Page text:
Smaller wildlife conservation organizations can often be more nimble than larger organizations that usually have larger bureaucratic structures. Our impact relative to the lesser dollars we have to work with can be greater. Investing more funding into smaller wildlife conservation organizations can result in a greater “bang for the buck.”
Using OEC as an example, it is important to know that wild parrots are native to five continents and they even live wild in Europe and the U.S. as introduced species. If expanded, OEC’s community conservation work could positively impact biodiversity loss globally. Our projects not only help reduce the illegal wildlife trade and habitat loss, but also improve animal welfare and empower Indigenous and other marginalized communities. With an annual budget of about $240,000, OEC currently partners with local people in six countries in the Americas.
Rev. Dr. LoraKim Joyner, the other co-director of OEC, says, “It doesn’t take much capital to invest in social capital. It’s an infinite resource that keeps giving across generations, cultures, and species.” Our emotional, social, and organizational intelligence trainings are infused with conservation theory. Implementation of what they learn inspires participants to not only want to protect their parrots, but also other wildlife and their environment, and poachers are transforming into protectors.
We have been testing for three years novel, online Parrot Conservation Corps (PCC) trainings in English and Spanish to teach our conservation methods and create mini teams to sprout new projects. Our most recent PCC engaged new leaders in eight countries and provided them with small grants for their projects and stipends when their work was completed. We have found the PCC to be a very nimble way to influence large swaths of people and seed new conservationists and projects. These activities can be replicated by reaching out to more communities, co-organizing new PCC cohorts, and training other NGOs on our process.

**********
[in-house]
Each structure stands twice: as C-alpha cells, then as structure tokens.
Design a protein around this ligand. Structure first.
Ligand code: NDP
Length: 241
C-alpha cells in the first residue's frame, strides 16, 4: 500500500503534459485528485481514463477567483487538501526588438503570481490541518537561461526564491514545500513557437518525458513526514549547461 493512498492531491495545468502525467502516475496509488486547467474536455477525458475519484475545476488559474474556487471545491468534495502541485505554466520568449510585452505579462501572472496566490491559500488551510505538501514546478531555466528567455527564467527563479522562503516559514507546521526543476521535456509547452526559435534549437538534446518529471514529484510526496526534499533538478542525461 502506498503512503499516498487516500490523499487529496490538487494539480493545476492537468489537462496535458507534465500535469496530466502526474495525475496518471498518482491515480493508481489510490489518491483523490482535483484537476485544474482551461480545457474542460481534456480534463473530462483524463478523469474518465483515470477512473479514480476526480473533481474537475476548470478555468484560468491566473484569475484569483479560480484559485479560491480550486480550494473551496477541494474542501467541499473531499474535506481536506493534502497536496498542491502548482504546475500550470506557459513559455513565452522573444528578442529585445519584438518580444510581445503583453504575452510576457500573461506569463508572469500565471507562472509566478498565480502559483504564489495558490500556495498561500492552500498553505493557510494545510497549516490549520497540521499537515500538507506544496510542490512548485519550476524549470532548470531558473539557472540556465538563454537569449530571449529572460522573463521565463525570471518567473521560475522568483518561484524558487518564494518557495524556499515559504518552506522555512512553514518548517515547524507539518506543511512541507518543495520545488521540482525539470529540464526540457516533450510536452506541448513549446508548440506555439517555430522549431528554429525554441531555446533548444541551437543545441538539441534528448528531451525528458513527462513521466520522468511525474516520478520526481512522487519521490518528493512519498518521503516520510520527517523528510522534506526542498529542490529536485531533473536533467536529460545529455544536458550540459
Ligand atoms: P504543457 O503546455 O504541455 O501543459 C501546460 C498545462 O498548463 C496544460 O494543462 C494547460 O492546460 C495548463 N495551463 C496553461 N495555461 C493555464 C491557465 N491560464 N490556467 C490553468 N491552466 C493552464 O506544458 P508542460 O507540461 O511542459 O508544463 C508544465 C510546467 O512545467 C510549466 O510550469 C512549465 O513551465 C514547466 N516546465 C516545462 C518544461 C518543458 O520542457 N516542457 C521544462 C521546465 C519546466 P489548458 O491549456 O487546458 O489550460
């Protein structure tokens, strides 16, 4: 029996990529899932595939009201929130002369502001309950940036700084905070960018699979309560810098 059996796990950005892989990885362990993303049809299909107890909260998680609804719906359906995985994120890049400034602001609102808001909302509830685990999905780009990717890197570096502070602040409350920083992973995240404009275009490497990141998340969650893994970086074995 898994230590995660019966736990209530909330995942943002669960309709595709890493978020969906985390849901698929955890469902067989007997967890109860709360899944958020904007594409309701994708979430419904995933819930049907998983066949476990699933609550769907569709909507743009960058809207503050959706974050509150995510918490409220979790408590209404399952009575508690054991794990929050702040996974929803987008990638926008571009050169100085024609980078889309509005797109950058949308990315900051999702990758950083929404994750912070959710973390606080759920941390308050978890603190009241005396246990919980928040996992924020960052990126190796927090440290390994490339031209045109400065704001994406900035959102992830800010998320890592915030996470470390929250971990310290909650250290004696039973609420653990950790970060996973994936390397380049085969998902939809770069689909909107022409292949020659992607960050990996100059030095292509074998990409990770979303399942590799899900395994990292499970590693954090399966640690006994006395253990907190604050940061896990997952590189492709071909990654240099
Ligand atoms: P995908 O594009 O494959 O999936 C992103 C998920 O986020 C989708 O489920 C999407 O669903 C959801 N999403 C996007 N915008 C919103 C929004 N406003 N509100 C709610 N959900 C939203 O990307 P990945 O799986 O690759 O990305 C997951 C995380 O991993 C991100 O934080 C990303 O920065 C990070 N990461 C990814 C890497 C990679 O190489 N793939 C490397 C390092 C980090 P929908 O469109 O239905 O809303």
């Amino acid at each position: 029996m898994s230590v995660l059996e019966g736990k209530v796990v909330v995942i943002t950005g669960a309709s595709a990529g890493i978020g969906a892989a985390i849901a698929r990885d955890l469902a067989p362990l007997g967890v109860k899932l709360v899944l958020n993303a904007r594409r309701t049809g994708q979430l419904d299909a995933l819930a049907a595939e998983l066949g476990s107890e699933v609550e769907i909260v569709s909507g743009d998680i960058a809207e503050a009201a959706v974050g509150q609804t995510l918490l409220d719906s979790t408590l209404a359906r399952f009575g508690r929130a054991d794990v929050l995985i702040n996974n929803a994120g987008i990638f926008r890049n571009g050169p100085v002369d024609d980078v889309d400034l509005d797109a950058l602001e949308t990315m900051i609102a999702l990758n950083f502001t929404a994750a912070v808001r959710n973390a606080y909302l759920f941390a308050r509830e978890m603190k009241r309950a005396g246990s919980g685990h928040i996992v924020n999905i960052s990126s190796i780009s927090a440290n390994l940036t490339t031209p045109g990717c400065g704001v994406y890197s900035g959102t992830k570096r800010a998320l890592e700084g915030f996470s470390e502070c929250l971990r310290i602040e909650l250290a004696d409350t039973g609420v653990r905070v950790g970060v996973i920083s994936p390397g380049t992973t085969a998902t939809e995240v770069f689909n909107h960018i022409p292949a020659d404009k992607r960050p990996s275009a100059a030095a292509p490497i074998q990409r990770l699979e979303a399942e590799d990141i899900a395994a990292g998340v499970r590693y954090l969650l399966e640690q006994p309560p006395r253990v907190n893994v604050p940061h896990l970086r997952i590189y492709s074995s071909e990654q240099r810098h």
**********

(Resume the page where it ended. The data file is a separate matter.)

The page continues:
We often dream about what we could do with a larger budget, as many small nonprofits do, and I know we would benefit greatly from capacity building support in areas such as tracking financial transactions in the field where there is erratic internet access. If humanity wants to preserve and restore biodiversity globally, then looking to and supporting wildlife conservation organizations of all sizes is a large part of the answer. It remains an open question how to best change the global funding paradigm for nonprofits in general, as it isn’t working well in many fields, not only in wildlife conservation. I don’t claim to have the answer, but at least I can encourage more of us to discuss the possibilities.
In the meantime, the simplest and most immediate way concerned parties with some resources, whether an individual or institution, can help is to donate more to small wildlife conservation organizations and volunteer when and where it is logistically possible. OEC is doing our part by working daily to increase the capacity of our partners on the ground in the countries in which we work. As we support them financially, we also regularly provide guidance and training to strengthen their ability to eventually continue their community conservation work on their own. Ultimately, that is the best hope for staunching the open wound of mass extinctions on Earth.
As a grant writing professional for more than 20 years, Gail Koelln has worked with a number of animal welfare, wildlife, and environmental organizations. In 2014, she co-founded One Earth Conservation with LoraKim Joyner.
Related audio from Mongabay’s podcast: A conversation with Mongabay’s founder about ways to improve the effectiveness of conservation efforts, listen here: